Korean War veterans remember The Forgotten War with weeklong stay in South Korea

June 24, 2011|By DAN DEARTH |
  • Korean War Veteran Wayne Winebrenner just returned from Korea after 60 years.
By Yvette May/Staff Photographer

Korean War veterans will never forget their time in hell.

From the day the conflict began 61 years ago today on June 25, 1950, until it ended on July 27, 1953, nearly 37,000 Americans lost their lives.

But to many Americans, the war became known as The Forgotten War.

"During World War II, you had the parades, the bands and all that," Korean War veteran Wayne Winebrenner said recently at his Hagerstown home. "During Vietnam you had hatred for the guys coming back. We were kind of in between. It seemed like no one cared."

Winebrenner, 78, said that all changed for him earlier this month, when he and 33 other Korean War veterans from across the nation were treated to a weeklong stay in South Korea.

The free trip was sponsored by members of the New Eden Church in Seoul to thank the veterans for coming to the country's rescue after communist forces from North Korea invaded in 1950. The Chinese military joined the fight against America and its United Nations allies later that year.

Winebrenner found out in February that the church was accepting applications from veterans to go on the trip, but he wasn't interested at first.

He said it took some encouragement from his son, Rick, to follow up on the offer.

"My son thought it would be nice to go," Winebrenner said. "I thought it would be interesting to see how things have changed in 60 years."

South Korea was a pile of rubble when Winebrenner, an 18-year-old private first class, landed there with the 1st Marine Division in 1952. He said his tank unit fought in several battles to secure strategic hills near the 38th Parallel.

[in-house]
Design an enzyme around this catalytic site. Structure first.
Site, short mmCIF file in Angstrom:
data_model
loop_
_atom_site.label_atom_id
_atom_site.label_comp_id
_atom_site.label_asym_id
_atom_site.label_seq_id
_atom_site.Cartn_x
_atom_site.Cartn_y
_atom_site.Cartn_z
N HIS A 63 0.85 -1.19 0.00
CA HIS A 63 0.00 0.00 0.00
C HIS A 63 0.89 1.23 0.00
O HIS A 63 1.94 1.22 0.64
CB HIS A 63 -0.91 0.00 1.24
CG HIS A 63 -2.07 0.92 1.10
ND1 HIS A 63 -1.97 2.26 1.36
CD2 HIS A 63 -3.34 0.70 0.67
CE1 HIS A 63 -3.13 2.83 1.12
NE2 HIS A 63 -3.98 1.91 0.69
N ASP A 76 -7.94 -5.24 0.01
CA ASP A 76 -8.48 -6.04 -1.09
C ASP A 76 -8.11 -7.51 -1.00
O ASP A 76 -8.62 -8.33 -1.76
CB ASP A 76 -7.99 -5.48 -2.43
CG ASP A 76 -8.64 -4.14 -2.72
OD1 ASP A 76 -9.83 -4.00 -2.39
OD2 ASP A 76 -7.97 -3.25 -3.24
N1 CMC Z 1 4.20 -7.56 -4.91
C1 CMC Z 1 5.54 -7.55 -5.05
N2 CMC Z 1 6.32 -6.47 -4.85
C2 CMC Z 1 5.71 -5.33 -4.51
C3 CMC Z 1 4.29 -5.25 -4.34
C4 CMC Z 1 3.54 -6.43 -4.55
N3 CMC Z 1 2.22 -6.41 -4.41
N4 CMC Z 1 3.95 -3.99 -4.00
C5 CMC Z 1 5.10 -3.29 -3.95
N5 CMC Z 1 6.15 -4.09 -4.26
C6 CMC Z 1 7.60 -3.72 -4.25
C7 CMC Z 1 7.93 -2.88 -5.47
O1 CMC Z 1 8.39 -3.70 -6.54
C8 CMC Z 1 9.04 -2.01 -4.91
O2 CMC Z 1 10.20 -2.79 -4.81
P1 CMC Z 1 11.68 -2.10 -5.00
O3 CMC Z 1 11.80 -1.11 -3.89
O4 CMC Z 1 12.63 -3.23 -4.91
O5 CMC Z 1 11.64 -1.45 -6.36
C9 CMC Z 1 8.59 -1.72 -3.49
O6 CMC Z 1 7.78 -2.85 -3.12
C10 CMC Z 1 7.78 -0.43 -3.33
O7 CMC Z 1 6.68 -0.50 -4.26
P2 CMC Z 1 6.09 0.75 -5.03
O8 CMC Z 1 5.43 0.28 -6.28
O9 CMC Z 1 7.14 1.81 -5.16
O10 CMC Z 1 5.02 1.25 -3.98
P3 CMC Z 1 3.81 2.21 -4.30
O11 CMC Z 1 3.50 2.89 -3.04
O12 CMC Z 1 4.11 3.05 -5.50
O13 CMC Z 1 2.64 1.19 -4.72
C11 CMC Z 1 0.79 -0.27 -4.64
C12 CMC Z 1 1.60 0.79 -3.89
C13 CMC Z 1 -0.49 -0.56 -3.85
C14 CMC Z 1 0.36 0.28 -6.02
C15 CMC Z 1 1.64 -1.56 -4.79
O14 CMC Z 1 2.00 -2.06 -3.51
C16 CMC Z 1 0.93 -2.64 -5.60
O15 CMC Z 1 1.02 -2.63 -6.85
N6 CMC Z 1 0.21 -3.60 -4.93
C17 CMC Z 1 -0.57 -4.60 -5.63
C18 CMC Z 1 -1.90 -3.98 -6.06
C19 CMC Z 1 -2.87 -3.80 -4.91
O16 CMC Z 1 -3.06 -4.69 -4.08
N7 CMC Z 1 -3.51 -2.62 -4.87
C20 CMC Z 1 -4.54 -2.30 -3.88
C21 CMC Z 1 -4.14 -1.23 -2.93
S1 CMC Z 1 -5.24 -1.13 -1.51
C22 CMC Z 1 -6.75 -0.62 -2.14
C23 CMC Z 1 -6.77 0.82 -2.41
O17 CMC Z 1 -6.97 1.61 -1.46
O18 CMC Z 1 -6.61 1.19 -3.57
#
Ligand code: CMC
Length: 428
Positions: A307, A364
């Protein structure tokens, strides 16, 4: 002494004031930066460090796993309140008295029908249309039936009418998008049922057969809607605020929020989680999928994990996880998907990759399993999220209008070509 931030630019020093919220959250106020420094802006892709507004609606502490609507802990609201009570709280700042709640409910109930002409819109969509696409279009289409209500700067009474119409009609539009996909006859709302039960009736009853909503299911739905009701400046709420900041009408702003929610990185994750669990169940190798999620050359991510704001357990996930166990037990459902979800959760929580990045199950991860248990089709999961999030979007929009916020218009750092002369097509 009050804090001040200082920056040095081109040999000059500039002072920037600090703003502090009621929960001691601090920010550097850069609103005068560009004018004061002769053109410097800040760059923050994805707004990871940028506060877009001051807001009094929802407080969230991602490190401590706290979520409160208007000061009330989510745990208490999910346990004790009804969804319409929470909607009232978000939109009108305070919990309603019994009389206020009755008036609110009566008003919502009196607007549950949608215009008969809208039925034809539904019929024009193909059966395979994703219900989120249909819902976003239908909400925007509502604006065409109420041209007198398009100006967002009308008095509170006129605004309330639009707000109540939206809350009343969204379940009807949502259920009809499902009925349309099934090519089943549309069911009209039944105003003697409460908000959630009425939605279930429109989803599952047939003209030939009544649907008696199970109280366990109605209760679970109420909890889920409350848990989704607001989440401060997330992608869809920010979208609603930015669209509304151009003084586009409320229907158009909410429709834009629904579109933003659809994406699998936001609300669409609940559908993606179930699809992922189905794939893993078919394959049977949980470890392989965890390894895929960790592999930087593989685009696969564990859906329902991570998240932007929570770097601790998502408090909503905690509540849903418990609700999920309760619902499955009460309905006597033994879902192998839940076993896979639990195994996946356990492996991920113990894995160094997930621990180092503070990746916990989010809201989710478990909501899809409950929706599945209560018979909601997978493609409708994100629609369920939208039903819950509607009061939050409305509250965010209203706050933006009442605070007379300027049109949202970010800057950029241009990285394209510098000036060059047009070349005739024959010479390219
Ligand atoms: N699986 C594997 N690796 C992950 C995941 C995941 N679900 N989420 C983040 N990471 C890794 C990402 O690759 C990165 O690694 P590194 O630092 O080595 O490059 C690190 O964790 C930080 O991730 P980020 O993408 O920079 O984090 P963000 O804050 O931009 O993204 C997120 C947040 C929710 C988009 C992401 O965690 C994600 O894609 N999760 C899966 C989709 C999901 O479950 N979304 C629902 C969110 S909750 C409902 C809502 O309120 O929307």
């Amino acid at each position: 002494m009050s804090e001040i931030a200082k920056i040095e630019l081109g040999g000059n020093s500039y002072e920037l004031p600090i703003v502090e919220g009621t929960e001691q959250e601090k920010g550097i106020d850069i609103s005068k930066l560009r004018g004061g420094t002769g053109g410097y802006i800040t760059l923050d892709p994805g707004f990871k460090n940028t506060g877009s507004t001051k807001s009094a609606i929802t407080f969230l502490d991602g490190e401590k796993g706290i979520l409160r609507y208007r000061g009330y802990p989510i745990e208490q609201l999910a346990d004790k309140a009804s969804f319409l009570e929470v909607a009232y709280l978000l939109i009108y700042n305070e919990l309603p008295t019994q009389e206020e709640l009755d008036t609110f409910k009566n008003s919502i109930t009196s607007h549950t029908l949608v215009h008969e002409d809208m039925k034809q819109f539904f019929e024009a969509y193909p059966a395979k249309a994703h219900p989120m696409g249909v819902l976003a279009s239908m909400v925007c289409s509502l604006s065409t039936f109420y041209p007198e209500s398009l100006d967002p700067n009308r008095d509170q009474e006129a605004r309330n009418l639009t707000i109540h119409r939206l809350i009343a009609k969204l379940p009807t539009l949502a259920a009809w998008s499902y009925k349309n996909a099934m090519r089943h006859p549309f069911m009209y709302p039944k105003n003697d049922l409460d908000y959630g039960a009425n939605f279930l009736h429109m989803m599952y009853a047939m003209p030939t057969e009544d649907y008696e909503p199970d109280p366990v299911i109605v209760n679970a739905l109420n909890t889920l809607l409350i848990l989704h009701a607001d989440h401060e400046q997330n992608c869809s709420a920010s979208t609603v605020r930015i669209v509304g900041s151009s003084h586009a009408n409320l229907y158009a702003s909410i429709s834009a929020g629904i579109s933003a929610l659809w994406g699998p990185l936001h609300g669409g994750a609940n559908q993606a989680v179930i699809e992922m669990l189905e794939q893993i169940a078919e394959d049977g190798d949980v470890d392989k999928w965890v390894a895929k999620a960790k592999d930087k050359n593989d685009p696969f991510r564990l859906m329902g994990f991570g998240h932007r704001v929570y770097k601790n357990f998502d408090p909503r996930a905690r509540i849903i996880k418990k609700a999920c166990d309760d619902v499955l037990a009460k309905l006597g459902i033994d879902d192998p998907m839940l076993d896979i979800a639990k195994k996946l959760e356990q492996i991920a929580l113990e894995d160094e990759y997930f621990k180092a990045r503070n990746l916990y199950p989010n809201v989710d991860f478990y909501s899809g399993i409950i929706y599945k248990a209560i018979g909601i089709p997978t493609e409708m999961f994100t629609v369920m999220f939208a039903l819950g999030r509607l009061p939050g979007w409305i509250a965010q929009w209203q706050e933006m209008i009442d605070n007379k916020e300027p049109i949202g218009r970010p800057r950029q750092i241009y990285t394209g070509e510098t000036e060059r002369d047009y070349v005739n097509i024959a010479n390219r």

The most memorable battle came in March 1953, Winebrenner said, when he and the other Marines who were defending a hill that the military called "Vegas" were overrun by Chinese troops.

"We took it back, but the Marines took a lot of casualties," he said.

Winebrenner said he joined the Marines because young men at that time were expected to serve their country. He was discharged after serving for seven years.

In 1958, Winebrenner settled in Hagerstown and got a job as a correctional officer at the Maryland Correctional Institution off Sharpsburg Pike. He worked his way through the ranks to warden and retired in 1987.

Winebrenner said the South Korean people treated the veterans like royalty. They were put up in a five-star hotel, and given free air fare and meals. On occasion, the aging warriors were thanked by children and adults who passed them on the streets.

They also were escorted to the Demilitarized Zone, where they stood just feet away from South and North Korean troops as they guarded the border.   

All of the veterans returned home with several complimentary gifts, including a tea set, wristwatch, music box and digital camera.

The chief executive officer of Samsung gave each of the veterans a letter, saying that all South Koreans were in their debt.

"Due to your courageous actions, the Republic of Korea has been allowed to flourish into a developed country and companies such as Samsung have been able to grow in a vibrant society," a portion of the letter said.

Winebrenner said the thanks that the South Koreans gave the veterans made the trip worthwhile.

"It made you feel good. It made you feel proud," Winebrenner said. "I've always been proud of what I've done — serving. I think it took 60 years for it to sink in that what you did was really appreciated."

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